Institute of Marine Research, Postboks 1870 Nordnes, 5817 Bergen, Norway; Geophysical Institute, University of Bergen, Allegaten 70, 5020 Bergen, Norway. Electronic address: email@example.com.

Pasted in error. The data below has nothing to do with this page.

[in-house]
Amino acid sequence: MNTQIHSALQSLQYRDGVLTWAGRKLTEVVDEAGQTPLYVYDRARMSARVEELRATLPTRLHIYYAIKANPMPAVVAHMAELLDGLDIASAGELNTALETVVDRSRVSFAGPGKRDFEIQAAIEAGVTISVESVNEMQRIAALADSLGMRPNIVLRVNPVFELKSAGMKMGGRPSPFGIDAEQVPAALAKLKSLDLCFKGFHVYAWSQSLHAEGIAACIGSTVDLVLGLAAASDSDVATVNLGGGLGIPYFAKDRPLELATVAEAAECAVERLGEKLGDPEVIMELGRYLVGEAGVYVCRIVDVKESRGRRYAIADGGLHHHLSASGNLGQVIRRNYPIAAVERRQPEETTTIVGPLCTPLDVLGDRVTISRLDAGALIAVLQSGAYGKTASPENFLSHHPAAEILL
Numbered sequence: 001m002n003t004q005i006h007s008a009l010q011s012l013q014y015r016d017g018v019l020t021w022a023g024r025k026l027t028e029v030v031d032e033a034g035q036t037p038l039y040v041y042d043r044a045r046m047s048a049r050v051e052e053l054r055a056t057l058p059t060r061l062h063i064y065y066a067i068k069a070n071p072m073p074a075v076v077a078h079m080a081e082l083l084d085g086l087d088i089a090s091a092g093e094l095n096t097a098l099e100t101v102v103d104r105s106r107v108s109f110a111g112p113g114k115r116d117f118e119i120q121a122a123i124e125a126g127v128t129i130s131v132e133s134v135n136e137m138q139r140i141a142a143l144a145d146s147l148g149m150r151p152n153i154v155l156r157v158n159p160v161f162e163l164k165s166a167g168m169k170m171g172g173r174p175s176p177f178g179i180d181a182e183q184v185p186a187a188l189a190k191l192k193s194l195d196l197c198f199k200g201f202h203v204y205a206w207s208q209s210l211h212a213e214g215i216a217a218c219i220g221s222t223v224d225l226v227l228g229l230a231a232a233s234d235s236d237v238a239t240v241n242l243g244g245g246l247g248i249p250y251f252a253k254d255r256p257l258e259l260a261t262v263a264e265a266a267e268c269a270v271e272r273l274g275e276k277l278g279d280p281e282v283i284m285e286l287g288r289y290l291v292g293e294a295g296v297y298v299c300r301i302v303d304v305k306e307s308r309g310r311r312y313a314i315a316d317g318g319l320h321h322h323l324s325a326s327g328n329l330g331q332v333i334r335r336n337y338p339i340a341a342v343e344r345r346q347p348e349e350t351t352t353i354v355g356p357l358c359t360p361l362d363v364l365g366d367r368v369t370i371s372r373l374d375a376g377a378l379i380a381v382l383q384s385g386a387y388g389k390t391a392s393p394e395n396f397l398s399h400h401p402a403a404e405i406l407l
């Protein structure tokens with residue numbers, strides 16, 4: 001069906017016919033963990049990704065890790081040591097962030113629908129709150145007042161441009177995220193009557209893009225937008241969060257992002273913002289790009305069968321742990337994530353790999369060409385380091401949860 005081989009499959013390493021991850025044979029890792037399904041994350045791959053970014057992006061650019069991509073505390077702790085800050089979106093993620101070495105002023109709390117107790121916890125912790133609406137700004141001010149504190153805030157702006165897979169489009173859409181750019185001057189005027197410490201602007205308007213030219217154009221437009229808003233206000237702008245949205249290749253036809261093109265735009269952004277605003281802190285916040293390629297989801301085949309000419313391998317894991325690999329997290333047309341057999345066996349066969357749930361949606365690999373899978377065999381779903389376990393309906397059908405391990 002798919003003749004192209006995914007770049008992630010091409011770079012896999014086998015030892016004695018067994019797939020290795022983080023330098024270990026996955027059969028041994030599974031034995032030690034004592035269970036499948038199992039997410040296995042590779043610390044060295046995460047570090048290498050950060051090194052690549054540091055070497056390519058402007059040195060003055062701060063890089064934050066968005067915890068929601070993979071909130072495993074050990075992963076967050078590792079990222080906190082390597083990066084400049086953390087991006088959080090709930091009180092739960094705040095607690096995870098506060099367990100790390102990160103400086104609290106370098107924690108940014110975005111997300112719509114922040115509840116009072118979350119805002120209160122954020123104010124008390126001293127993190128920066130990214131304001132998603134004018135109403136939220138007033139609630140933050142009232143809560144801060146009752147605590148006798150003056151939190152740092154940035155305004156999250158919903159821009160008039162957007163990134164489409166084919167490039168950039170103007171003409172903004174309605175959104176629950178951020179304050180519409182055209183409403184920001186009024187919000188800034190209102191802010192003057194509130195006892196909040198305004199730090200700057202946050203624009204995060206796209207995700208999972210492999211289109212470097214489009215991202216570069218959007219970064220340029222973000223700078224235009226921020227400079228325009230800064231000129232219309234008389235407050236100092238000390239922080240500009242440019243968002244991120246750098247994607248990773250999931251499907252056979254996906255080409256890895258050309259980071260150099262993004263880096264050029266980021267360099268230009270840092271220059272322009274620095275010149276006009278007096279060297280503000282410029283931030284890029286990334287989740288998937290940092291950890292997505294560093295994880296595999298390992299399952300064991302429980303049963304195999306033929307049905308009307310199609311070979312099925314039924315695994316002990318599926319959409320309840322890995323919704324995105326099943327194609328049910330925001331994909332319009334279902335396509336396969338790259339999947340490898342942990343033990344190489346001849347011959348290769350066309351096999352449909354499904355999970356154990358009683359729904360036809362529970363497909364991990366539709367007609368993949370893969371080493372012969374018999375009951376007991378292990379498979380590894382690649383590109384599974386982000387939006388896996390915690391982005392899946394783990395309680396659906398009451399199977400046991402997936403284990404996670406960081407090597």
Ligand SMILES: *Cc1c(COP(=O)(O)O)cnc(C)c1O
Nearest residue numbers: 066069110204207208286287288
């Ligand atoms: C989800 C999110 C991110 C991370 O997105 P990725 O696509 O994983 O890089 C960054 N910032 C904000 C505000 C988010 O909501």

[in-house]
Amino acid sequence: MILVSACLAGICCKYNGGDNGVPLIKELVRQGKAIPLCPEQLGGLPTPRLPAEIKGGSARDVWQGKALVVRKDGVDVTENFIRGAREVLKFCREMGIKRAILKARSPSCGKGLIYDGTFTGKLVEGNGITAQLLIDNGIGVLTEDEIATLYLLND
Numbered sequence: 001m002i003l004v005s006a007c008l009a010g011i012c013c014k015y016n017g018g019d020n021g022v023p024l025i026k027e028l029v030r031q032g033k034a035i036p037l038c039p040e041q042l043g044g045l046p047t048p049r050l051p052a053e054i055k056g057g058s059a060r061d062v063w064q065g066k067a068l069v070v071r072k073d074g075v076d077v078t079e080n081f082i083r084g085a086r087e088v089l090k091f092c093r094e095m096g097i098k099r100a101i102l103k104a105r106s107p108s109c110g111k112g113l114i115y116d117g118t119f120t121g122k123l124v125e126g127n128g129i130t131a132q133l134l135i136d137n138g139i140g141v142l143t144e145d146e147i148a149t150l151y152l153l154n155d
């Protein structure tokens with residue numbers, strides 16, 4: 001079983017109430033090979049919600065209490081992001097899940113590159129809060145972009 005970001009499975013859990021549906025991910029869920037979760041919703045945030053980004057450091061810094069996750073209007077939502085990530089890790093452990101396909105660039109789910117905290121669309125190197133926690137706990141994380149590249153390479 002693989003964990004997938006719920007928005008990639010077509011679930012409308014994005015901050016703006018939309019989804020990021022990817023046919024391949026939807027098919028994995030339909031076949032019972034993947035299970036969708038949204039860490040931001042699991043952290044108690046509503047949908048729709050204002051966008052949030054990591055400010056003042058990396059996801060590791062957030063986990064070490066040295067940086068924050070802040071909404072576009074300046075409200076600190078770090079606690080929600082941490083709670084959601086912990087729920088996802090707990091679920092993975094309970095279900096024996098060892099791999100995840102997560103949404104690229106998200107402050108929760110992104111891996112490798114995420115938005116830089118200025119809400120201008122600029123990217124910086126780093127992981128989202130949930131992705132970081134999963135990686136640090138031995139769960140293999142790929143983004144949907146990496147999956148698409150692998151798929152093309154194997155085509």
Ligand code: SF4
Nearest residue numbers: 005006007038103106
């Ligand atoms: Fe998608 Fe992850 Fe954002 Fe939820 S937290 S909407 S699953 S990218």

An accurate representation of the particle organic matter (POM) footprint is necessary in order to effectively predict impacts upon benthic communities and the risk of excessive organic enrichment beneath aquaculture sea-cages. Consequently, bottom-related processes such as particle resuspension must be adequately parametrized and evaluated in the available numerical models. We implemented two approaches to model POM resuspension in a Lagrangian particle tracking model and compared their influence on footprint extension and gradients of depositional flux against a no-resuspension scenario. We performed simulations in both exposed and protected aquaculture locations, and at different stages of the Atlantic Salmon (Salmo salar) production cycle in Norway. Our results indicate that the use of sediment-dependent thresholds for resuspension has the potential to regulate the high levels of erosion produced when selecting a low critical value in constant-threshold approaches, particularly in dynamic environments with mixed sediment types.